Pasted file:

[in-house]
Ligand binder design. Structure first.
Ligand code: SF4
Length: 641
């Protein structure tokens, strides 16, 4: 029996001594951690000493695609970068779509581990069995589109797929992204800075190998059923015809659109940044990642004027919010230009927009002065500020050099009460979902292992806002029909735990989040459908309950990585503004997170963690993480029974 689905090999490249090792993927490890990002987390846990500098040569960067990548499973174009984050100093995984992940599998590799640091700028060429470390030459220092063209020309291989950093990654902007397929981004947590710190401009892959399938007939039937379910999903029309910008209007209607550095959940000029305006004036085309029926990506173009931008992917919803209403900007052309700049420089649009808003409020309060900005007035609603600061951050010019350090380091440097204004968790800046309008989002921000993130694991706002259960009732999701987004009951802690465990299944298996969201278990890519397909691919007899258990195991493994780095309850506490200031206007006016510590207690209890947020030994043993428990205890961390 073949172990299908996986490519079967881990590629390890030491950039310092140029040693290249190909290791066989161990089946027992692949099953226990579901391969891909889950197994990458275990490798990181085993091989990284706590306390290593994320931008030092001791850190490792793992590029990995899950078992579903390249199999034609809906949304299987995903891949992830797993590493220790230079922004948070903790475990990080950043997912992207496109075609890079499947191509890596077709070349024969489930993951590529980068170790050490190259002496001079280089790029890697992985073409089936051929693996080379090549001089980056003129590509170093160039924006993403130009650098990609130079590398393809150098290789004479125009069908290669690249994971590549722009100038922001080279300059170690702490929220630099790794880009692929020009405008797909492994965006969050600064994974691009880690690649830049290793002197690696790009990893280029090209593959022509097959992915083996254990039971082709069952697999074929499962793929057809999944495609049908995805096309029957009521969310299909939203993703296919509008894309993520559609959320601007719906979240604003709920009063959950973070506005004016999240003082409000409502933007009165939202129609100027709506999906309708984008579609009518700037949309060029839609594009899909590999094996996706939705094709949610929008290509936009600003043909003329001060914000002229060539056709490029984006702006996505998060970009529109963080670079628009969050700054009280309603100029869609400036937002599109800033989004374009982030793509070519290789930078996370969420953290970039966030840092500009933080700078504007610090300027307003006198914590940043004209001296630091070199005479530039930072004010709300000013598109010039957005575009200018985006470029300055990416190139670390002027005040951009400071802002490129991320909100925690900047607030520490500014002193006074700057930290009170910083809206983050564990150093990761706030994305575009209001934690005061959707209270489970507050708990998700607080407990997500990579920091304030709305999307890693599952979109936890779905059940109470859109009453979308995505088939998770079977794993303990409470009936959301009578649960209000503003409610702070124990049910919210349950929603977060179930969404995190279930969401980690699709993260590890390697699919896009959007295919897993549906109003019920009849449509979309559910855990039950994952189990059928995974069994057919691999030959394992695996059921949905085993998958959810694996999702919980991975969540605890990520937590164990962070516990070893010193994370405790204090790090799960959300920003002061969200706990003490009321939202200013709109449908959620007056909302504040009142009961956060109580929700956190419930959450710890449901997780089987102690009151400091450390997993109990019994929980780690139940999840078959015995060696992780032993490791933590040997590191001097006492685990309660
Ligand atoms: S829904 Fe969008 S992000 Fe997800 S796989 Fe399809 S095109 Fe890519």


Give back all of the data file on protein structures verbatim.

[in-house]
Ligand binder design. Structure first.
Ligand code: SF4
Length: 641
């Protein structure tokens, strides 16, 4: 029996001594951690000493695609970068779509581990069995589109797929992204800075190998059923015809659109940044990642004027919010230009927009002065500020050099009460979902292992806002029909735990989040459908309950990585503004997170963690993480029974 689905090999490249090792993927490890990002987390846990500098040569960067990548499973174009984050100093995984992940599998590799640091700028060429470390030459220092063209020309291989950093990654902007397929981004947590710190401009892959399938007939039937379910999903029309910008209007209607550095959940000029305006004036085309029926990506173009931008992917919803209403900007052309700049420089649009808003409020309060900005007035609603600061951050010019350090380091440097204004968790800046309008989002921000993130694991706002259960009732999701987004009951802690465990299944298996969201278990890519397909691919007899258990195991493994780095309850506490200031206007006016510590207690209890947020030994043993428990205890961390 073949172990299908996986490519079967881990590629390890030491950039310092140029040693290249190909290791066989161990089946027992692949099953226990579901391969891909889950197994990458275990490798990181085993091989990284706590306390290593994320931008030092001791850190490792793992590029990995899950078992579903390249199999034609809906949304299987995903891949992830797993590493220790230079922004948070903790475990990080950043997912992207496109075609890079499947191509890596077709070349024969489930993951590529980068170790050490190259002496001079280089790029890697992985073409089936051929693996080379090549001089980056003129590509170093160039924006993403130009650098990609130079590398393809150098290789004479125009069908290669690249994971590549722009100038922001080279300059170690702490929220630099790794880009692929020009405008797909492994965006969050600064994974691009880690690649830049290793002197690696790009990893280029090209593959022509097959992915083996254990039971082709069952697999074929499962793929057809999944495609049908995805096309029957009521969310299909939203993703296919509008894309993520559609959320601007719906979240604003709920009063959950973070506005004016999240003082409000409502933007009165939202129609100027709506999906309708984008579609009518700037949309060029839609594009899909590999094996996706939705094709949610929008290509936009600003043909003329001060914000002229060539056709490029984006702006996505998060970009529109963080670079628009969050700054009280309603100029869609400036937002599109800033989004374009982030793509070519290789930078996370969420953290970039966030840092500009933080700078504007610090300027307003006198914590940043004209001296630091070199005479530039930072004010709300000013598109010039957005575009200018985006470029300055990416190139670390002027005040951009400071802002490129991320909100925690900047607030520490500014002193006074700057930290009170910083809206983050564990150093990761706030994305575009209001934690005061959707209270489970507050708990998700607080407990997500990579920091304030709305999307890693599952979109936890779905059940109470859109009453979308995505088939998770079977794993303990409470009936959301009578649960209000503003409610702070124990049910919210349950929603977060179930969404995190279930969401980690699709993260590890390697699919896009959007295919897993549906109003019920009849449509979309559910855990039950994952189990059928995974069994057919691999030959394992695996059921949905085993998958959810694996999702919980991975969540605890990520937590164990962070516990070893010193994370405790204090790090799960959300920003002061969200706990003490009321939202200013709109449908959620007056909302504040009142009961956060109580929700956190419930959450710890449901997780089987102690009151400091450390997993109990019994929980780690139940999840078959015995060696992780032993490791933590040997590191001097006492685990309660
Ligand atoms: S829904 Fe969008 S992000 Fe997800 S796989 Fe399809 S095109 Fe890519």